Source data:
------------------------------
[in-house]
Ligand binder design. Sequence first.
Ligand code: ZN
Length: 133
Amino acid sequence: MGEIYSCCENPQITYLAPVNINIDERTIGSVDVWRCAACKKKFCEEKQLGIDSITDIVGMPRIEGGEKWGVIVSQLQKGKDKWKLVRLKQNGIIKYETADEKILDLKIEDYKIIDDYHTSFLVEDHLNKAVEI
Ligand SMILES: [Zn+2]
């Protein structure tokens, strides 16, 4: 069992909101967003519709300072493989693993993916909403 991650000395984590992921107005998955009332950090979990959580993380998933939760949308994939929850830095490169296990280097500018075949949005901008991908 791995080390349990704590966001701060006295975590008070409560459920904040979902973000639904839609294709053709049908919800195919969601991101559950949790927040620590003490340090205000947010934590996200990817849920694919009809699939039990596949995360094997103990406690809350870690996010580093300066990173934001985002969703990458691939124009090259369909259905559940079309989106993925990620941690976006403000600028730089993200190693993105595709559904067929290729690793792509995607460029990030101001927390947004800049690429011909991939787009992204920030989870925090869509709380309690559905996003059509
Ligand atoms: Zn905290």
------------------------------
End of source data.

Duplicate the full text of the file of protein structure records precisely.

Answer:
[in-house]
Ligand binder design. Sequence first.
Ligand code: ZN
Length: 133
Amino acid sequence: MGEIYSCCENPQITYLAPVNINIDERTIGSVDVWRCAACKKKFCEEKQLGIDSITDIVGMPRIEGGEKWGVIVSQLQKGKDKWKLVRLKQNGIIKYETADEKILDLKIEDYKIIDDYHTSFLVEDHLNKAVEI
Ligand SMILES: [Zn+2]
């Protein structure tokens, strides 16, 4: 069992909101967003519709300072493989693993993916909403 991650000395984590992921107005998955009332950090979990959580993380998933939760949308994939929850830095490169296990280097500018075949949005901008991908 791995080390349990704590966001701060006295975590008070409560459920904040979902973000639904839609294709053709049908919800195919969601991101559950949790927040620590003490340090205000947010934590996200990817849920694919009809699939039990596949995360094997103990406690809350870690996010580093300066990173934001985002969703990458691939124009090259369909259905559940079309989106993925990620941690976006403000600028730089993200190693993105595709559904067929290729690793792509995607460029990030101001927390947004800049690429011909991939787009992204920030989870925090869509709380309690559905996003059509
Ligand atoms: Zn905290």